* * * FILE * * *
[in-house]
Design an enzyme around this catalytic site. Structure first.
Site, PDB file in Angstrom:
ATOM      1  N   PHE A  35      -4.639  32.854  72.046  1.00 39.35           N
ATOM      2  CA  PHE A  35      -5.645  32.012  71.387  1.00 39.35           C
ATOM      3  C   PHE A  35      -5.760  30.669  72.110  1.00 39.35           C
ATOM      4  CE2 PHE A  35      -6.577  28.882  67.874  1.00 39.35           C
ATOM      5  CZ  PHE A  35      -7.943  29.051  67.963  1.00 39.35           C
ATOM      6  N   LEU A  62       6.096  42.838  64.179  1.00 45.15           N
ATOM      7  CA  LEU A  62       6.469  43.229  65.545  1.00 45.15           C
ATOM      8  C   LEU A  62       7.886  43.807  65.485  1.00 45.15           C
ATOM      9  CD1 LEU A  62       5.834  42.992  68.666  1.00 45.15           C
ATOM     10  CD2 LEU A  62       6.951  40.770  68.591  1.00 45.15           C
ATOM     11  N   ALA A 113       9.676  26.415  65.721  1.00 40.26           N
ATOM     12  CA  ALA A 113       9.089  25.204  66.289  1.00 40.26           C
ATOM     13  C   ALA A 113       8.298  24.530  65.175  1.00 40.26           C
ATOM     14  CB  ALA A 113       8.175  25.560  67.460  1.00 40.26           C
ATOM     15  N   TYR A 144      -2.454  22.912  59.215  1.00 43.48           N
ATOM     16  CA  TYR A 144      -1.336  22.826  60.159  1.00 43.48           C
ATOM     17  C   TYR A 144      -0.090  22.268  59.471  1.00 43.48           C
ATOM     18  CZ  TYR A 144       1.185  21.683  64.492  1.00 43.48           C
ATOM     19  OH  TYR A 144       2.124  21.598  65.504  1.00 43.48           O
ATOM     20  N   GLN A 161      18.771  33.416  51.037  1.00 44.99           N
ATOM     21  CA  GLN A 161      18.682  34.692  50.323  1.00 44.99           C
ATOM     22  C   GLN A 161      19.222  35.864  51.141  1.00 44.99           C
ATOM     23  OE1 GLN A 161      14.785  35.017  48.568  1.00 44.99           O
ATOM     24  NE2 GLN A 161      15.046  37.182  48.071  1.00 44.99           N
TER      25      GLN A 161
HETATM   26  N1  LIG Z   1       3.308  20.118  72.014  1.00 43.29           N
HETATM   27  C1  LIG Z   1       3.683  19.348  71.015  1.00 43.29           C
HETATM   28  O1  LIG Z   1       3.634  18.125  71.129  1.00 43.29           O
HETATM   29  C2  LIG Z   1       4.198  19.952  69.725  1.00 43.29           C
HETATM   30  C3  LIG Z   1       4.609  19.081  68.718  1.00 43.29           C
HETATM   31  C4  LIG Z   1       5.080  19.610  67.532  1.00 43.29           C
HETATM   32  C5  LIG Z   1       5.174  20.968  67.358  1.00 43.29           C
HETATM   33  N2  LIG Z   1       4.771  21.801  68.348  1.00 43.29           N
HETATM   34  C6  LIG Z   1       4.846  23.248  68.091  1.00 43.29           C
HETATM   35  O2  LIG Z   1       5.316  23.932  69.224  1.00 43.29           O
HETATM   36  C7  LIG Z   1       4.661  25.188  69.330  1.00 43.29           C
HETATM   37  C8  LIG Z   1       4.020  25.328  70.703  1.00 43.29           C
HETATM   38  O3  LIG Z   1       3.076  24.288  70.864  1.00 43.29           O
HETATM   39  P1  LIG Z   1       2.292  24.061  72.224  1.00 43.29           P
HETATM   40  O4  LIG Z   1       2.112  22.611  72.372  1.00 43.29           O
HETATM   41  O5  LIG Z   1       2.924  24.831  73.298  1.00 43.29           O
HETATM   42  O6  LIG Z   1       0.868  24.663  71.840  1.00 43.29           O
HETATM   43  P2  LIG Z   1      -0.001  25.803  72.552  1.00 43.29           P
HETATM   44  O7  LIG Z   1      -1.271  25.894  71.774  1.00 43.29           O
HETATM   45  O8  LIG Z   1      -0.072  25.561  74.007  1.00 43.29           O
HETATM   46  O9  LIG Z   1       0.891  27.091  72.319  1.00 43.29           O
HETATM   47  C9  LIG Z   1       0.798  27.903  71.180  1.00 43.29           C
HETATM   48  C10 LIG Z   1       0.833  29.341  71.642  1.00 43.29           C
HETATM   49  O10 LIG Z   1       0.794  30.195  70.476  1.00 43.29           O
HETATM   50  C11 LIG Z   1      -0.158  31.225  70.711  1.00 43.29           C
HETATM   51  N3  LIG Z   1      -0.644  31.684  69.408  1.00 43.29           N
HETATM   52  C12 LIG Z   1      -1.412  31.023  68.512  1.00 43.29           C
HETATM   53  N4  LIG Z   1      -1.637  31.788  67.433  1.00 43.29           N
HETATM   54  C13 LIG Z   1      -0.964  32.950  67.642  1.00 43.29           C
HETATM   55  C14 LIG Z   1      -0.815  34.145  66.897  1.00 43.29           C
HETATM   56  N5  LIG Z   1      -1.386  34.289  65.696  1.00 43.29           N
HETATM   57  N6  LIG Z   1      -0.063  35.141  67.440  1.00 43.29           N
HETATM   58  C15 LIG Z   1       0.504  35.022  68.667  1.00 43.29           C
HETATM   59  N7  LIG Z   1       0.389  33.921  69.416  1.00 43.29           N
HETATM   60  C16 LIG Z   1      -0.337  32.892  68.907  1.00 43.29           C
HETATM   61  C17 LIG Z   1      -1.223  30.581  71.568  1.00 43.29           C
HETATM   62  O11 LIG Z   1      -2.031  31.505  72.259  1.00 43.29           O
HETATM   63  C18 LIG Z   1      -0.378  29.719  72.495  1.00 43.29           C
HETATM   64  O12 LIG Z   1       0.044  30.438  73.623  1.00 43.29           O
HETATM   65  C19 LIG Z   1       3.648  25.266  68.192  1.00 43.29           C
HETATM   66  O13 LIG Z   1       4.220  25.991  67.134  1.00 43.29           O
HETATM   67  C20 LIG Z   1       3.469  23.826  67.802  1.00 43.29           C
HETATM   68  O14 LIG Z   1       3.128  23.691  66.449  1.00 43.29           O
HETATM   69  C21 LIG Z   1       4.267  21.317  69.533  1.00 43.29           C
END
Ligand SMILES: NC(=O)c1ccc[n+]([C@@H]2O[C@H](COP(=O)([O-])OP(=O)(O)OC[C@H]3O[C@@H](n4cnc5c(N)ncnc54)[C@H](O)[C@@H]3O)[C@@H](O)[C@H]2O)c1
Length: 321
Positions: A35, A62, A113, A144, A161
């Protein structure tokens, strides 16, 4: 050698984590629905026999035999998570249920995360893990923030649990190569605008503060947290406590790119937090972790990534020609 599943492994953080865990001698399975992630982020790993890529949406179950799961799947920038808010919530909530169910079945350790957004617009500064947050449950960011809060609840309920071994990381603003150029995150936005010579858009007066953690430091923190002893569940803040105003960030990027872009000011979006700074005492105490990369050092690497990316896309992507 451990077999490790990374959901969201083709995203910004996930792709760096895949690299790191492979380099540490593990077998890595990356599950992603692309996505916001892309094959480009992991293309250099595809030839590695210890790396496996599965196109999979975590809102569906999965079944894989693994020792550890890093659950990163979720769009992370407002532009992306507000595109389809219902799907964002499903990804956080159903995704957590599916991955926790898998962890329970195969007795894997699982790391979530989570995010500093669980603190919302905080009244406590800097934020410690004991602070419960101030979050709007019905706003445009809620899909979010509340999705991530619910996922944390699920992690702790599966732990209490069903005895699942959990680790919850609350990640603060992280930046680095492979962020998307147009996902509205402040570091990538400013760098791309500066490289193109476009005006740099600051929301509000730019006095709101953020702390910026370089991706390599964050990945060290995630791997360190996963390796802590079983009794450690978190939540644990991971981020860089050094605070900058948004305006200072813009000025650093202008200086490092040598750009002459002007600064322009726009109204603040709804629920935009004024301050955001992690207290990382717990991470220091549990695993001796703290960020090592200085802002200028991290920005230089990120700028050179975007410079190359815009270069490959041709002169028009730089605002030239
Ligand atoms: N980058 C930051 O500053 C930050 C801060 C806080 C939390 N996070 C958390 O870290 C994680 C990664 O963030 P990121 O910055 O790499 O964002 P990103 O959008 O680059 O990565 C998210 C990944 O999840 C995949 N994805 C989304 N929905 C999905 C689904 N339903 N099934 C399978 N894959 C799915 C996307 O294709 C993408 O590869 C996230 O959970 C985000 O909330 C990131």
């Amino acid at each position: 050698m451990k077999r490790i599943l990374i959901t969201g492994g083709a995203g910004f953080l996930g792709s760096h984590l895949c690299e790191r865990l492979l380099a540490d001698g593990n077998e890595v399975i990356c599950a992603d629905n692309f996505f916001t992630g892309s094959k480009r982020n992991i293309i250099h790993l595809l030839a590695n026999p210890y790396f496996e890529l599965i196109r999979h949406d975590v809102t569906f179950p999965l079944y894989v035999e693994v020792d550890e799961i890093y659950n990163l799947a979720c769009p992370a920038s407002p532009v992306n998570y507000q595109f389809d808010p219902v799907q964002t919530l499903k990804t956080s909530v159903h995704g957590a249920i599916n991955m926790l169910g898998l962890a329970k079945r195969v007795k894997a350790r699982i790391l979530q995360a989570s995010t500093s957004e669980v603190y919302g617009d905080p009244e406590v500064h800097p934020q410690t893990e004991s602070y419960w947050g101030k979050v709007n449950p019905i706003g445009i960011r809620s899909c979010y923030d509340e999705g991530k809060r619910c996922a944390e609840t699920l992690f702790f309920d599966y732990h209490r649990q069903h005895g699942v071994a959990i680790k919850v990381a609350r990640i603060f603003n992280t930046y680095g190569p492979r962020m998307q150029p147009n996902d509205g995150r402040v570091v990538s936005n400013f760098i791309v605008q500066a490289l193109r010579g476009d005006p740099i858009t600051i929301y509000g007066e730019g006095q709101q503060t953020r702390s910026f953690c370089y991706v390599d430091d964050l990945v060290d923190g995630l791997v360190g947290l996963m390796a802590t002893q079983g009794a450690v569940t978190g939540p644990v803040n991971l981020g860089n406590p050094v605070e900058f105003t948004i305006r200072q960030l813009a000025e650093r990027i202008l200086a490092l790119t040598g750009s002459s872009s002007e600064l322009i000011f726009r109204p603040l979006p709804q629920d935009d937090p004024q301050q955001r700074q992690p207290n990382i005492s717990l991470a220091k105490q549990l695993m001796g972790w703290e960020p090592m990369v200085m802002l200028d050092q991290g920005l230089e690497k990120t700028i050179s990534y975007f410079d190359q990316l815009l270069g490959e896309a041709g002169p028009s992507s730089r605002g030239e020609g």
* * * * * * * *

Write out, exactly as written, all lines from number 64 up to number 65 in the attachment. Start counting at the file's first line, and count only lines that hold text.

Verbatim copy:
HETATM   61  C17 LIG Z   1      -1.223  30.581  71.568  1.00 43.29           C
HETATM   62  O11 LIG Z   1      -2.031  31.505  72.259  1.00 43.29           O